Punjab Borstal Act does not have application to an offence punishable under
Section 302 of IPC".
being a decision of a larger Bench we are bound by it.
144 In the Webster'6 Third New International Dictionary the follow-ing meaning
has been given to the word 'punishable'-- "Deserving of, or liable to,
punishment: capable of being punished by law or right".
the Law Lexicon (Reprint Edition 1987) gives the meaning of 'punishable' thus:
word 'punishable' as used in statutes which declare that certain offences are
punishable in a certain way, means liable to be punished in the way
designated." In Bouvier's Law Dictionary, the meaning of the word
'punishable' has been given as 'liable to punishment'. In 'Words and
Phrases--Permanent Edition', the following meaning has been given:
word 'punishable' in a statute stating that a crime is punishable by a
designated penalty or term of years in the state prison limits the penalty or
term of years to the amount or term of years stated in the statute." The
word 'punishable' is ordinarily defined as deserving of or capable or liable to
Punishment, punishable within statute providing that defendant may have ten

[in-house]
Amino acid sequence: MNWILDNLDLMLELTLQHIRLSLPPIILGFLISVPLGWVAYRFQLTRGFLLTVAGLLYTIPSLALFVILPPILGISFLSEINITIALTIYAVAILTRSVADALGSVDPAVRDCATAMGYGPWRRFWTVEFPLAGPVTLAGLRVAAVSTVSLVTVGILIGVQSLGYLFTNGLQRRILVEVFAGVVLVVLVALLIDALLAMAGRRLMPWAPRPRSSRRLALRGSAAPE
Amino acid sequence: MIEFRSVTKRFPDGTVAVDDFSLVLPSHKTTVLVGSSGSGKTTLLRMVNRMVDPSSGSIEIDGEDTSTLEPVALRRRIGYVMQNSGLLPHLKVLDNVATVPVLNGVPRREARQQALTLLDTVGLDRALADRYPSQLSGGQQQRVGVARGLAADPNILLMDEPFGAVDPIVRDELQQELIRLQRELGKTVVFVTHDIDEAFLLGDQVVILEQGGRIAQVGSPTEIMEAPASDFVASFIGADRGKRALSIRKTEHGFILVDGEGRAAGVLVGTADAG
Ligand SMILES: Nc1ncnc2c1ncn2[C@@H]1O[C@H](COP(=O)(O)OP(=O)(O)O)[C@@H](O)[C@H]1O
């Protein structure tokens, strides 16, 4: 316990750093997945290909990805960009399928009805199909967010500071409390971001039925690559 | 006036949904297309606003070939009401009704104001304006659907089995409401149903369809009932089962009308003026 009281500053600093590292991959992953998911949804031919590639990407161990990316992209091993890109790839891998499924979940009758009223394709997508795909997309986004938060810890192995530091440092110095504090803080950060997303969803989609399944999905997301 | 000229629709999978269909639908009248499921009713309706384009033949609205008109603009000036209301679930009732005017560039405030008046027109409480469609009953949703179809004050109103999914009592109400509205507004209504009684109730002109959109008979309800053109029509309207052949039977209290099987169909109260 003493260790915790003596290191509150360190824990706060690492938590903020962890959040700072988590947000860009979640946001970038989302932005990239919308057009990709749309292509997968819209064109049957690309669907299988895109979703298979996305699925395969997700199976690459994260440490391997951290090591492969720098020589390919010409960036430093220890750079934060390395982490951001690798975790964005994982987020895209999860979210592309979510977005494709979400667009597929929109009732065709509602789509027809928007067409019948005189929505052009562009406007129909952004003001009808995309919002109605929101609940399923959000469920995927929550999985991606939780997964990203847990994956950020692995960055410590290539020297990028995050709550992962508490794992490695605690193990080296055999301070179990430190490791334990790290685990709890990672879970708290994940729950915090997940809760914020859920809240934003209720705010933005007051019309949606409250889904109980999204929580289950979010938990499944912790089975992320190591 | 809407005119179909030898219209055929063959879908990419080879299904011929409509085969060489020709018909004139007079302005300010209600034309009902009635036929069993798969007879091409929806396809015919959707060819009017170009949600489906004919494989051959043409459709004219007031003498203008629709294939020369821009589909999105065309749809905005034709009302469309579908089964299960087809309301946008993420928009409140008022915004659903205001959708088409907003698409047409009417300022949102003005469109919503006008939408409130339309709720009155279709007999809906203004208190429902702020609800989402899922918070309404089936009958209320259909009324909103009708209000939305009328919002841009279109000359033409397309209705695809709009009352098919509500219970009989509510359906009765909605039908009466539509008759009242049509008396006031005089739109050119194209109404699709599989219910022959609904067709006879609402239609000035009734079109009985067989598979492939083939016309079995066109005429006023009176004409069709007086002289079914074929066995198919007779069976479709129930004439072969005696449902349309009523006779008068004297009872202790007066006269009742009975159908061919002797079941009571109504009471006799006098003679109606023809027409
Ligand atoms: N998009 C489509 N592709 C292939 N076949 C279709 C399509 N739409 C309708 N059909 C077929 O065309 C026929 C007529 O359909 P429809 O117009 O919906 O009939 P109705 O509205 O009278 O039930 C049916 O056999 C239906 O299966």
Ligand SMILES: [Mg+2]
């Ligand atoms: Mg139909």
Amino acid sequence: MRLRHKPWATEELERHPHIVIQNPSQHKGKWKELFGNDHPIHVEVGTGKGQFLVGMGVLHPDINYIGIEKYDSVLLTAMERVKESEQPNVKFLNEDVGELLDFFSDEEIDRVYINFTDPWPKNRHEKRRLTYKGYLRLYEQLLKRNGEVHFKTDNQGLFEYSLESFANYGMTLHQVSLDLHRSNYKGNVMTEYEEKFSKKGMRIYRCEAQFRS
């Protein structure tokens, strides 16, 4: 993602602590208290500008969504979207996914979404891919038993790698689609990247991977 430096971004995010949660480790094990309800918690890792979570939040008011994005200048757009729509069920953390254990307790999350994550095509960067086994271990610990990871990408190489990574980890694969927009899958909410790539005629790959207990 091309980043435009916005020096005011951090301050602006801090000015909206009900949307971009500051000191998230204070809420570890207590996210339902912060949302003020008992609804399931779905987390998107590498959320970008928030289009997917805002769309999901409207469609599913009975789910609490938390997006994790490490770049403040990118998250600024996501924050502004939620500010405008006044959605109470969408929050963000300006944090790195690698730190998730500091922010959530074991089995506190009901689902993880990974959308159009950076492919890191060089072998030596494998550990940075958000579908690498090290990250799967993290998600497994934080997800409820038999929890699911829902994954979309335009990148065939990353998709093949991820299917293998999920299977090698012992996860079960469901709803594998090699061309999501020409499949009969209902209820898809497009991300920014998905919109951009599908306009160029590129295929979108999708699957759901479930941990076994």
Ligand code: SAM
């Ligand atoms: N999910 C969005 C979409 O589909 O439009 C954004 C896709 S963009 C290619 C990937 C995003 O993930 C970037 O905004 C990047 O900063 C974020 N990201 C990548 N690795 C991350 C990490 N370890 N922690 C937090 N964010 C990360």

peremptory challenges if offence charged is 'punishable' with death or by life
imprisonment; means deserving of or liable to punishment; capable of being
punished by law or right, may be punished, or liable to be punished, and not
must be punished.
Juris Secundum gives the meaning as:
of, or liable to, punishment; capable of being punished by law or right; said
of persons of offences.
meaning of the term is not 'must be punished', but 'may be punished', or
'liable to be punished'.
absence of a definition of 'punishable' we have referred to these for gathering
the exact meaning of the word. In the sense given to the word, as above, there
can be no doubt that the offence of murder is punishable with death even though